LONDON (AP) — A 300-year-old tree near the Roman landmark of Hadrian’s Wall in northeastern England that was cut down two weeks ago in an act of vandalism was to be removed on Thursday.
The National Trust, which for more than 125 years has sought to protect England’s heritage and natural landscapes, said a crane will lift the much-photographed and painted sycamore tree from where it lies near the delicate and now-damaged wall.
“It’s currently in a precarious position resting on the wall, so it’s necessary we move it now, both to preserve the world-famous monument that is Hadrian’s Wall, and to make the site safe again for visitors,” said Andrew Poad, the site’s general manager for the National Trust, which for more than 125 years has sought to protect England’s heritage and natural landscapes,
Though the 50-foot (15-meter) tree is too big to move in one piece, experts hope that the trunk can be kept in large sections in order to leave future options open on what could be done. The stump, which could generate new shoots, will be kept in place and is currently behind a protective barrier. Seeds have also been collected to see if they could be used to propagate new saplings.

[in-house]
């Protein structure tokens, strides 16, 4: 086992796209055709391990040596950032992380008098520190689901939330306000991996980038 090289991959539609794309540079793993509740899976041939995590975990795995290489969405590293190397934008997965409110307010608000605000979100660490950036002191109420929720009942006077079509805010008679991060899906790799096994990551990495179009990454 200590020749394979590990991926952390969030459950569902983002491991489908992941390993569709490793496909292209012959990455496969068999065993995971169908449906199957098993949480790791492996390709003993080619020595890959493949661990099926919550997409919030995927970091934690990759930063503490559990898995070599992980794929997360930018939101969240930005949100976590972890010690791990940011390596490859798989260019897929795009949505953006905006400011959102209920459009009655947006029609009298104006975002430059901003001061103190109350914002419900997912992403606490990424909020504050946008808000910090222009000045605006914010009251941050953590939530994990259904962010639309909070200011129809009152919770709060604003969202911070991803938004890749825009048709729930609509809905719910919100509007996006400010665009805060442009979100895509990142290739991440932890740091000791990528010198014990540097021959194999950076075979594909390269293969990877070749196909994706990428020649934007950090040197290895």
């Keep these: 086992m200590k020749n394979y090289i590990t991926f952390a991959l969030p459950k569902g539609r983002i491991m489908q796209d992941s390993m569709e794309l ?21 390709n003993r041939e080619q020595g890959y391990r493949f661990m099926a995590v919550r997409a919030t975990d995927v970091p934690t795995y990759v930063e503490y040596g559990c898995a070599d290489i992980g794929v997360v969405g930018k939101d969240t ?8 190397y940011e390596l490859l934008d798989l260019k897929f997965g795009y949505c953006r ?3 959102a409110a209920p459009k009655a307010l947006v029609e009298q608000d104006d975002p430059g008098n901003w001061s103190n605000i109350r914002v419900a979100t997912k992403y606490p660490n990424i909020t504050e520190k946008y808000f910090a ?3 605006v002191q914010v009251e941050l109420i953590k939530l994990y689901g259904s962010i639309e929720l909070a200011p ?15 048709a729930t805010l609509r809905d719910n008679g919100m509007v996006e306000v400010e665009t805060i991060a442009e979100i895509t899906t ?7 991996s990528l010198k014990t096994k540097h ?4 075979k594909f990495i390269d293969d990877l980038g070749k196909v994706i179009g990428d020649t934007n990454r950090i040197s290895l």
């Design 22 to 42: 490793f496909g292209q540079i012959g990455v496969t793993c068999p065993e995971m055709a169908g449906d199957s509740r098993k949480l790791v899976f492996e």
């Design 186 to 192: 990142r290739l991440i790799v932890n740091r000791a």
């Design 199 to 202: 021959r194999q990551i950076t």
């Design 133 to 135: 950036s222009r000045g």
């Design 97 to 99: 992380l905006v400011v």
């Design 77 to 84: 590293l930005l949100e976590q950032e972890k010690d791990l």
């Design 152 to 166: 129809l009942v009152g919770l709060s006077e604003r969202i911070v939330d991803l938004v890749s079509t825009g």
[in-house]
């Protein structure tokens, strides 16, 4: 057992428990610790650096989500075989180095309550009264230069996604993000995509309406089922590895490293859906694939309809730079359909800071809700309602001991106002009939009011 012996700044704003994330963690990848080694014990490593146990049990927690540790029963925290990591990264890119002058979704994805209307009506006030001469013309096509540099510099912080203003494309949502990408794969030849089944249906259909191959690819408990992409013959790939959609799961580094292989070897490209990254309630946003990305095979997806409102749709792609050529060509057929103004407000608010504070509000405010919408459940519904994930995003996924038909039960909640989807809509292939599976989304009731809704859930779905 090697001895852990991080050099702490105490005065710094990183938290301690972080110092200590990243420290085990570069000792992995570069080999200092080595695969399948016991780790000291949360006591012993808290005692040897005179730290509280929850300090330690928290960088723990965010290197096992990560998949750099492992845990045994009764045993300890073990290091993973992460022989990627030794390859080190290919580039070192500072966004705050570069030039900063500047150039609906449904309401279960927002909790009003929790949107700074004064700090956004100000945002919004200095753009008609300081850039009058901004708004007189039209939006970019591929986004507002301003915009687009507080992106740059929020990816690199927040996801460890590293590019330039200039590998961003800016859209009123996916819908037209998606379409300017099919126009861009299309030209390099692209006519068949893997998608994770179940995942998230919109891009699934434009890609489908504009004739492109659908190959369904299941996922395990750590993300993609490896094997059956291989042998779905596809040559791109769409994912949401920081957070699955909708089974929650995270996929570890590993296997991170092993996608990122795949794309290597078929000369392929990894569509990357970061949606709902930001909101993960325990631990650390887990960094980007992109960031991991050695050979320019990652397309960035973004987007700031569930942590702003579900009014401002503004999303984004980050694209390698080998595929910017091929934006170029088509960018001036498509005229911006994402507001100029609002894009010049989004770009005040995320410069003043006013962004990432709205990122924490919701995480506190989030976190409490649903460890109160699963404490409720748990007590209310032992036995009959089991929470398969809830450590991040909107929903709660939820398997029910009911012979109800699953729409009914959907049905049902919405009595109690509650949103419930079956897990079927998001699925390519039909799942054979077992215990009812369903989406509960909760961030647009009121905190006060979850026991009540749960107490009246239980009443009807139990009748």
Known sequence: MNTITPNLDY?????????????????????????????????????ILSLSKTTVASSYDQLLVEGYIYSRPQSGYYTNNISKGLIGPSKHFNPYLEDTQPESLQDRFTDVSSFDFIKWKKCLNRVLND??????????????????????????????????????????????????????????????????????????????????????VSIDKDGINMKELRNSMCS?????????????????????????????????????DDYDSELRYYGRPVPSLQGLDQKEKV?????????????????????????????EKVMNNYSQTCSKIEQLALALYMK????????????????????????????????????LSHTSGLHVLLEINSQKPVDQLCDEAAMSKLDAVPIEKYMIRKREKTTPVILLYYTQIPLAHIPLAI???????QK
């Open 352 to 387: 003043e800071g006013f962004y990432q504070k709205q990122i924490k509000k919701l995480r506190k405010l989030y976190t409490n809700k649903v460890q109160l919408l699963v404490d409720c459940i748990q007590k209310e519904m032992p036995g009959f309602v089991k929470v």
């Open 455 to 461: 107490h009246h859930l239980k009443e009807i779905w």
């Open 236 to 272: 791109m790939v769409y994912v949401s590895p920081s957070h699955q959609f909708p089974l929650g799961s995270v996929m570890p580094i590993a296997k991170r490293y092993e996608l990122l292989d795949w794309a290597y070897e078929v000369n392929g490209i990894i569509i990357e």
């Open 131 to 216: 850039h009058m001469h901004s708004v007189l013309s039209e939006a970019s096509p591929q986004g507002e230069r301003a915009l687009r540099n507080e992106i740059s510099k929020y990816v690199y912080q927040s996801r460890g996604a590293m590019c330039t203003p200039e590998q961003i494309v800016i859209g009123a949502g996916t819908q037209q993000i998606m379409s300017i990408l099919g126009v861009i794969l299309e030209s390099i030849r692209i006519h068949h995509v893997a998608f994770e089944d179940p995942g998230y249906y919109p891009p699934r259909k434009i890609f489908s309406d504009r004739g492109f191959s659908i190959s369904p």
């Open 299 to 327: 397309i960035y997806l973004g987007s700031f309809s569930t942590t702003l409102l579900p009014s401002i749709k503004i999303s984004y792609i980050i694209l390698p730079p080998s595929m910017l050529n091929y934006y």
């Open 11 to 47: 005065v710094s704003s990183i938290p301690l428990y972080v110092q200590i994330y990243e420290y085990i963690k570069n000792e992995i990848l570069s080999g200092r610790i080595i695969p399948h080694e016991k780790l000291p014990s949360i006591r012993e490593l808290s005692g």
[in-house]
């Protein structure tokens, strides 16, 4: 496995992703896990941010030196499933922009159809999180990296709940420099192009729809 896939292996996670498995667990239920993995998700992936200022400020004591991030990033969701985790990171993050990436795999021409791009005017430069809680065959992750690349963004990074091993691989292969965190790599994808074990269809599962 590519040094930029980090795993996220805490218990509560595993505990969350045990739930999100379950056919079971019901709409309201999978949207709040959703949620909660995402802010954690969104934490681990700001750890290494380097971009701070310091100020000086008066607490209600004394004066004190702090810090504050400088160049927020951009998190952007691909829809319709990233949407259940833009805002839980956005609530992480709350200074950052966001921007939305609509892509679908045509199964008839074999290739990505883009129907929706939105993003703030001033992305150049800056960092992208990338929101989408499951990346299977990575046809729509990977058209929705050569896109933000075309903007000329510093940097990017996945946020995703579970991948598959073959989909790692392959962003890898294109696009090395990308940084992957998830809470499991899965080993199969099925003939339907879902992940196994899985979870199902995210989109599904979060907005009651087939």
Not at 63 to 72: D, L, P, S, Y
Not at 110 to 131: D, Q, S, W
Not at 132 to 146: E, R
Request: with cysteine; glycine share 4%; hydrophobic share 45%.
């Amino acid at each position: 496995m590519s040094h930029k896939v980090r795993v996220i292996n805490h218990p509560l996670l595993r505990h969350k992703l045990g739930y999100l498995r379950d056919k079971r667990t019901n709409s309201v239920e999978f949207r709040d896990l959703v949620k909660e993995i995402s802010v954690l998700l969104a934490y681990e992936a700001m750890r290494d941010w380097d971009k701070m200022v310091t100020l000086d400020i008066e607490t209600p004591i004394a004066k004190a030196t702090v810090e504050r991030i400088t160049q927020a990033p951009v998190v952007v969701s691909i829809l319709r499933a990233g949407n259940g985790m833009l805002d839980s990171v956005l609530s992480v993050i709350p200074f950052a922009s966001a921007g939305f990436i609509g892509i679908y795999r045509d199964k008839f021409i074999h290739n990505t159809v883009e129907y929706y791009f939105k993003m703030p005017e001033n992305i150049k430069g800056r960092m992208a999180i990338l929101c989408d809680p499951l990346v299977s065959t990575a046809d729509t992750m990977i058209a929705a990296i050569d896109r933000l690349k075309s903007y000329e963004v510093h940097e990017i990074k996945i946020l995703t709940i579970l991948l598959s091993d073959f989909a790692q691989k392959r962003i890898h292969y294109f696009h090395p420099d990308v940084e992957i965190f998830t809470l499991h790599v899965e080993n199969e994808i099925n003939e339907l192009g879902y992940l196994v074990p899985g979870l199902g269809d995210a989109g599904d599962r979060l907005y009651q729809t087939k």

“We’ve explored every option for moving the tree and while it isn’t possible to lift it in one go, as the tree is multi-stemmed with a large crown, we have aimed to keep the trunk in as large sections as possible, to give us flexibility on what the tree becomes in future,” Poad said.
Northumbria Police arrested a boy aged 16 and a man in his 60s after the tree was felled a fortnight ago. They have been released on bail pending further inquiries.
The tree was one of the main landmarks along Hadrian’s Wall, a UNESCO World Heritage Site built nearly 2,000 years ago when Britain was part of the Roman Empire to guard its northwestern frontier.
For generations, walkers have paused to admire and photograph the tree at Sycamore Gap, which was made famous when it appeared in Kevin Costner’s 1991 film “Robin Hood: Prince Of Thieves.”
The tree, which was cut down near the base of its trunk, could grow again, experts said, though they cautioned that it would never be the same.
The National Trust has received thousands of messages about the tree, with advice on what to do with the stump and suggestions of what could be done with the felled tree.
There will be a public consultation about what happens next at the site.